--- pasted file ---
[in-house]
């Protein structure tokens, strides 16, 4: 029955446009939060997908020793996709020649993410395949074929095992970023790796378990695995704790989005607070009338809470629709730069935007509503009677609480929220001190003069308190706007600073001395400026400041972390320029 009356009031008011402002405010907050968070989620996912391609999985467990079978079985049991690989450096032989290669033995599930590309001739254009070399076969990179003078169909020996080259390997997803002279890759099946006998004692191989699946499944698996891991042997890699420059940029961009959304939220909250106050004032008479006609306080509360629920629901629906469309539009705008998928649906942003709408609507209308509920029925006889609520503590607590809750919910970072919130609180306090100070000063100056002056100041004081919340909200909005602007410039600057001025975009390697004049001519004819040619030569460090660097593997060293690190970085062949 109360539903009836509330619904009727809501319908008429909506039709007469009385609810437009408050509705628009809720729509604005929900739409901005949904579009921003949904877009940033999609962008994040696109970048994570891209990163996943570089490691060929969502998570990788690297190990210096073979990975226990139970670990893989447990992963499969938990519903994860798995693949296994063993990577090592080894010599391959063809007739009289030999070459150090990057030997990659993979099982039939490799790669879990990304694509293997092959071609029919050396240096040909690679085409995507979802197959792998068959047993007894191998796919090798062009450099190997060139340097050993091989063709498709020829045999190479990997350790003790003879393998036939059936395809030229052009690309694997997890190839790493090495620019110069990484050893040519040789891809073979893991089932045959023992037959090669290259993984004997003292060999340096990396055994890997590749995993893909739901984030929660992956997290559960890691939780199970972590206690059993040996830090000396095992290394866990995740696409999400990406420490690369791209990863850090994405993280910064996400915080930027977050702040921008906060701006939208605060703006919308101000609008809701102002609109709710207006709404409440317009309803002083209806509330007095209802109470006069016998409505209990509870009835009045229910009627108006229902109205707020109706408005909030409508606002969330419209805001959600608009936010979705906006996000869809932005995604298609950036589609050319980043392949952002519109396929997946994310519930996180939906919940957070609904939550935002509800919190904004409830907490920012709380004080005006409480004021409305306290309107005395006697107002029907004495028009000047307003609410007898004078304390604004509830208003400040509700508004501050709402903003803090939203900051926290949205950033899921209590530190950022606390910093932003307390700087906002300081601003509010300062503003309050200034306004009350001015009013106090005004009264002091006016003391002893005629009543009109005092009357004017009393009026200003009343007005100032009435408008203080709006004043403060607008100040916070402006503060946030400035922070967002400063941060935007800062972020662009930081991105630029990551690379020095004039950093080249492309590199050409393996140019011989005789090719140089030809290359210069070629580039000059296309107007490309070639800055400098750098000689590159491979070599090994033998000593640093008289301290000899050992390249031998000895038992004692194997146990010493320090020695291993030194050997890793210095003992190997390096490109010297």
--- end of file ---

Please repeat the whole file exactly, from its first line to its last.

[in-house]
């Protein structure tokens, strides 16, 4: 029955446009939060997908020793996709020649993410395949074929095992970023790796378990695995704790989005607070009338809470629709730069935007509503009677609480929220001190003069308190706007600073001395400026400041972390320029 009356009031008011402002405010907050968070989620996912391609999985467990079978079985049991690989450096032989290669033995599930590309001739254009070399076969990179003078169909020996080259390997997803002279890759099946006998004692191989699946499944698996891991042997890699420059940029961009959304939220909250106050004032008479006609306080509360629920629901629906469309539009705008998928649906942003709408609507209308509920029925006889609520503590607590809750919910970072919130609180306090100070000063100056002056100041004081919340909200909005602007410039600057001025975009390697004049001519004819040619030569460090660097593997060293690190970085062949 109360539903009836509330619904009727809501319908008429909506039709007469009385609810437009408050509705628009809720729509604005929900739409901005949904579009921003949904877009940033999609962008994040696109970048994570891209990163996943570089490691060929969502998570990788690297190990210096073979990975226990139970670990893989447990992963499969938990519903994860798995693949296994063993990577090592080894010599391959063809007739009289030999070459150090990057030997990659993979099982039939490799790669879990990304694509293997092959071609029919050396240096040909690679085409995507979802197959792998068959047993007894191998796919090798062009450099190997060139340097050993091989063709498709020829045999190479990997350790003790003879393998036939059936395809030229052009690309694997997890190839790493090495620019110069990484050893040519040789891809073979893991089932045959023992037959090669290259993984004997003292060999340096990396055994890997590749995993893909739901984030929660992956997290559960890691939780199970972590206690059993040996830090000396095992290394866990995740696409999400990406420490690369791209990863850090994405993280910064996400915080930027977050702040921008906060701006939208605060703006919308101000609008809701102002609109709710207006709404409440317009309803002083209806509330007095209802109470006069016998409505209990509870009835009045229910009627108006229902109205707020109706408005909030409508606002969330419209805001959600608009936010979705906006996000869809932005995604298609950036589609050319980043392949952002519109396929997946994310519930996180939906919940957070609904939550935002509800919190904004409830907490920012709380004080005006409480004021409305306290309107005395006697107002029907004495028009000047307003609410007898004078304390604004509830208003400040509700508004501050709402903003803090939203900051926290949205950033899921209590530190950022606390910093932003307390700087906002300081601003509010300062503003309050200034306004009350001015009013106090005004009264002091006016003391002893005629009543009109005092009357004017009393009026200003009343007005100032009435408008203080709006004043403060607008100040916070402006503060946030400035922070967002400063941060935007800062972020662009930081991105630029990551690379020095004039950093080249492309590199050409393996140019011989005789090719140089030809290359210069070629580039000059296309107007490309070639800055400098750098000689590159491979070599090994033998000593640093008289301290000899050992390249031998000895038992004692194997146990010493320090020695291993030194050997890793210095003992190997390096490109010297």